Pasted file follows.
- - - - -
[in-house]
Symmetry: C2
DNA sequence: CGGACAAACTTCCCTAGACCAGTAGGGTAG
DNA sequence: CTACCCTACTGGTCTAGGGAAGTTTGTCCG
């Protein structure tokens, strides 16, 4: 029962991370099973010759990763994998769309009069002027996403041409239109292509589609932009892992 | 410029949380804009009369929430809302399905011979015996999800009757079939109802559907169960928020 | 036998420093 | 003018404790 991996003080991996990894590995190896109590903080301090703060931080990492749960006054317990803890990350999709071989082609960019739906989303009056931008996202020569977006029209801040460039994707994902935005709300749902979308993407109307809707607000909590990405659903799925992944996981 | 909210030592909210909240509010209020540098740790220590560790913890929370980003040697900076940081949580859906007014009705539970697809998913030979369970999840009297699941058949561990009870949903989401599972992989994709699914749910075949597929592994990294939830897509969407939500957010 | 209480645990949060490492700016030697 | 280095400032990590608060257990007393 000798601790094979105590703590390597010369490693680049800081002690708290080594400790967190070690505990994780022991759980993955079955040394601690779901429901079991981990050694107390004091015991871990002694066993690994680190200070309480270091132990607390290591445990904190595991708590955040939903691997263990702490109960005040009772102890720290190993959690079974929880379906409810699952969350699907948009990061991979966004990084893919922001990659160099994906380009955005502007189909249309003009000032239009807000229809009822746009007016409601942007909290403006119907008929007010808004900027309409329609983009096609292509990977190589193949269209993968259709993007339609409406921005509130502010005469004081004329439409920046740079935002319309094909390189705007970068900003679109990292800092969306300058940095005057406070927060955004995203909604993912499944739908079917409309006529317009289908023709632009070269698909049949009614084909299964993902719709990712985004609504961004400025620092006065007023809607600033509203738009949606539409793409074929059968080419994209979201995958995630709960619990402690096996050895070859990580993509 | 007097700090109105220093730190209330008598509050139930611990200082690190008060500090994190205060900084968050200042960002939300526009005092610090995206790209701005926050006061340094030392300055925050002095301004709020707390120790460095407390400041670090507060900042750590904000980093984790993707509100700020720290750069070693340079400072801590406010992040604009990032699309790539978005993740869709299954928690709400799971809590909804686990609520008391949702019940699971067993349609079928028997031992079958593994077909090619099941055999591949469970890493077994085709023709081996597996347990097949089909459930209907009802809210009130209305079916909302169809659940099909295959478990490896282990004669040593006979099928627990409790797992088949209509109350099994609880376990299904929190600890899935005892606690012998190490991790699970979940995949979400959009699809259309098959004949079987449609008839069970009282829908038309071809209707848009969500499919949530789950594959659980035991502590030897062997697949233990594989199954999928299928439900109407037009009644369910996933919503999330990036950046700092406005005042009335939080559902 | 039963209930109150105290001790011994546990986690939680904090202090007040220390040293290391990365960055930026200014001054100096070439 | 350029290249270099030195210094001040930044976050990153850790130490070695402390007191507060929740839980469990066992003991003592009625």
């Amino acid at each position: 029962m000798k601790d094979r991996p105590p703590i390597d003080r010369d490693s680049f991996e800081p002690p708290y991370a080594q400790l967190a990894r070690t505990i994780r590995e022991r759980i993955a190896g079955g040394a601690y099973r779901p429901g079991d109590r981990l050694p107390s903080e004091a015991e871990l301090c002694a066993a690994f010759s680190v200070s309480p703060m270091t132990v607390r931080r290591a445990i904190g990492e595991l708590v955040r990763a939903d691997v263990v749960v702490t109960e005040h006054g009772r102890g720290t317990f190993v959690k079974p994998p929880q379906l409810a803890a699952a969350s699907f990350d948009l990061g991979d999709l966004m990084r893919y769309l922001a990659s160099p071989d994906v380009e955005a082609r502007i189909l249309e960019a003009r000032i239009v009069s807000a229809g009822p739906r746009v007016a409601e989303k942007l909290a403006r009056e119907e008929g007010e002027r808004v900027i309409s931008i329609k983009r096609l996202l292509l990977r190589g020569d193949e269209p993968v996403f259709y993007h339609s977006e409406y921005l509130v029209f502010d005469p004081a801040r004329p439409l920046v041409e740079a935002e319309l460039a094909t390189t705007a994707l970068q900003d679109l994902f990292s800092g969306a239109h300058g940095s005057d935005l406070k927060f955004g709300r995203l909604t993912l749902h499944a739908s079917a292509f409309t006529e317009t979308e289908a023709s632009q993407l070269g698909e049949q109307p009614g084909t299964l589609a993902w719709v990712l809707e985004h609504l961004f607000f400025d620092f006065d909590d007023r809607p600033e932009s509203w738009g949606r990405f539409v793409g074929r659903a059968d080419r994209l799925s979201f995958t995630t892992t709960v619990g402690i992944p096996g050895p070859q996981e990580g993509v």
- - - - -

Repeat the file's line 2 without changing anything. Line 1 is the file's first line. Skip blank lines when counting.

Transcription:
Symmetry: C2